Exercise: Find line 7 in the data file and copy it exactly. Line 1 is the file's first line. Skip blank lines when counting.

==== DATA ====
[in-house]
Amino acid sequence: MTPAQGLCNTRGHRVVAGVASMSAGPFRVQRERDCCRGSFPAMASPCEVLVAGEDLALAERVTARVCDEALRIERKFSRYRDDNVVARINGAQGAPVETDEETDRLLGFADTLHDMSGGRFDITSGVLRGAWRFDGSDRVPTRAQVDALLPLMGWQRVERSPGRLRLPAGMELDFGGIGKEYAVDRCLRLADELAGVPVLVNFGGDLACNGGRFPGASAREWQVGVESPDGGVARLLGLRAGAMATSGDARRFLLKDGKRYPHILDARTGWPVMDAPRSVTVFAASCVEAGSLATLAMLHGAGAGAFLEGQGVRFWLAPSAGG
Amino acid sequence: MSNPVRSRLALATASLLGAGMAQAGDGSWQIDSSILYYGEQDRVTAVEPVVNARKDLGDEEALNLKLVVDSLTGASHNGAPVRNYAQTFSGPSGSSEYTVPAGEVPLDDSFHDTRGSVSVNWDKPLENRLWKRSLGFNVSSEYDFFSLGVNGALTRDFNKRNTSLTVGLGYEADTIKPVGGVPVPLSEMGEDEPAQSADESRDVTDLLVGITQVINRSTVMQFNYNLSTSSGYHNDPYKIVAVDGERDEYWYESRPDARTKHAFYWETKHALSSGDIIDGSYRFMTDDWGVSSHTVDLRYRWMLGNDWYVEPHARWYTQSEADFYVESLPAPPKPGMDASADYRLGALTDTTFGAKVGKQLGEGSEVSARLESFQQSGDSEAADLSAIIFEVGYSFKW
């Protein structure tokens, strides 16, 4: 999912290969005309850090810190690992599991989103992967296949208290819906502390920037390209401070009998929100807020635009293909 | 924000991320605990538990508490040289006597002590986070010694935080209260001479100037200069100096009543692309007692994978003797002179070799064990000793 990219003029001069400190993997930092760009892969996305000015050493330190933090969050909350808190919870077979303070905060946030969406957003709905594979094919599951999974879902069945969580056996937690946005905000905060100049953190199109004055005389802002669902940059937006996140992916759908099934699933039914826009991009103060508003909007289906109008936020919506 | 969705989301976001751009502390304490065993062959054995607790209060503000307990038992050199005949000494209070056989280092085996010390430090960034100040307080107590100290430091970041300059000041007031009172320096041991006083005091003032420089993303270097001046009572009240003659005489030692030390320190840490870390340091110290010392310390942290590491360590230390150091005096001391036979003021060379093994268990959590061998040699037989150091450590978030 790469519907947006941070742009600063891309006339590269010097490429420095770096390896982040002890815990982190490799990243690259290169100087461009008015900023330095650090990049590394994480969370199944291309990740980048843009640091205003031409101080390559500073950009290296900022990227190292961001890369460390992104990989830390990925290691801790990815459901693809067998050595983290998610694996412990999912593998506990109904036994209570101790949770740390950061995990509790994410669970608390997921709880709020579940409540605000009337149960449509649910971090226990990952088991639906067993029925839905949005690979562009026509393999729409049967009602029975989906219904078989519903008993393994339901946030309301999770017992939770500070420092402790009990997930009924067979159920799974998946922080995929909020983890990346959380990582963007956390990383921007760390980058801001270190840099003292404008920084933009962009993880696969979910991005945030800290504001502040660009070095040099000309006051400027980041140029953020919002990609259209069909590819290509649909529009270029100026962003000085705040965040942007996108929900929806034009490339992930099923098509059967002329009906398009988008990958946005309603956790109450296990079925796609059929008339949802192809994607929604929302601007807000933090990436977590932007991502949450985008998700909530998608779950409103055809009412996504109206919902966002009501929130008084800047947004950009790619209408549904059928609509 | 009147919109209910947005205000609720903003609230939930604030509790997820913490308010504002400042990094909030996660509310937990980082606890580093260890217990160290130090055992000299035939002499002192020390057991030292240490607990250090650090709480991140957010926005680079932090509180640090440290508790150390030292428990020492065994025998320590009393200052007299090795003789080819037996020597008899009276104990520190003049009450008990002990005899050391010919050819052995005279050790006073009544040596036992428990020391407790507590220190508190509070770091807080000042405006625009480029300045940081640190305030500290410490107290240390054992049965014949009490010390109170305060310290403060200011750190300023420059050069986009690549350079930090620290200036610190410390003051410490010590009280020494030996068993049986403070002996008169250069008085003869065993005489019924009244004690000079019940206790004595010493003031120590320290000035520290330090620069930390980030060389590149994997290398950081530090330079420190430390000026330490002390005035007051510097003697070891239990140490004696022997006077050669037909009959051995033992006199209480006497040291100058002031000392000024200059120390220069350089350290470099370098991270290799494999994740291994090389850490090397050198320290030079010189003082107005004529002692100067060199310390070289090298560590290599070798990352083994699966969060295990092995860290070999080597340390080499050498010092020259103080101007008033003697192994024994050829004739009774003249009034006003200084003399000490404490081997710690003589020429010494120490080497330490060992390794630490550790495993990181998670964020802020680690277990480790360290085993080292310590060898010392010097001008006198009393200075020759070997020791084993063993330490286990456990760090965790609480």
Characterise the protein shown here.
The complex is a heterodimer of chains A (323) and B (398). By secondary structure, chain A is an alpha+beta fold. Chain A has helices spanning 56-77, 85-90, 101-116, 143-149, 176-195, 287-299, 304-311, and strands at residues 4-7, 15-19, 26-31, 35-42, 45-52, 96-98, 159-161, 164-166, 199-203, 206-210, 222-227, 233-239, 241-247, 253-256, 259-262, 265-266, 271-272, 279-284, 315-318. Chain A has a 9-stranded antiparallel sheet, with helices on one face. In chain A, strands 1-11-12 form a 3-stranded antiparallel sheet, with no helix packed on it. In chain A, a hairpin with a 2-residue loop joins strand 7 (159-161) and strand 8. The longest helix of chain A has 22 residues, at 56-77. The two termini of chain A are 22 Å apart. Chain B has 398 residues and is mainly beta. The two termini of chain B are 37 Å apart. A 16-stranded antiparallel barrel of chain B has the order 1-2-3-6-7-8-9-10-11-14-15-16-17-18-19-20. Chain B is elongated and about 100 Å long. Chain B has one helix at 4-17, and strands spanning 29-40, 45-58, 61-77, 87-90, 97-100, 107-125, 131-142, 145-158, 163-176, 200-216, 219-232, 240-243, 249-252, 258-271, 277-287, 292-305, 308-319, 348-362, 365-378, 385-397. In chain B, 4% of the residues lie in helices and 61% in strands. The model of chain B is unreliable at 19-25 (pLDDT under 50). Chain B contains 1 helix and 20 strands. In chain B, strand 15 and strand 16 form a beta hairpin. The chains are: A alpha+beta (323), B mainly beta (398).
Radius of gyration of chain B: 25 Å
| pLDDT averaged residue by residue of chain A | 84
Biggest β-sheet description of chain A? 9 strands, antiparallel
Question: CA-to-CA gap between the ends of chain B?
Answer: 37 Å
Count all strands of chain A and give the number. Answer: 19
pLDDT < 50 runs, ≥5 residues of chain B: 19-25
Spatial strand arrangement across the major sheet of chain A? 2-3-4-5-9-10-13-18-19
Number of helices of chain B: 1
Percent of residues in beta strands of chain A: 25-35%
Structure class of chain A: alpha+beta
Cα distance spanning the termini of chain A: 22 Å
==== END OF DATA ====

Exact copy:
Radius of gyration of chain B: 25 Å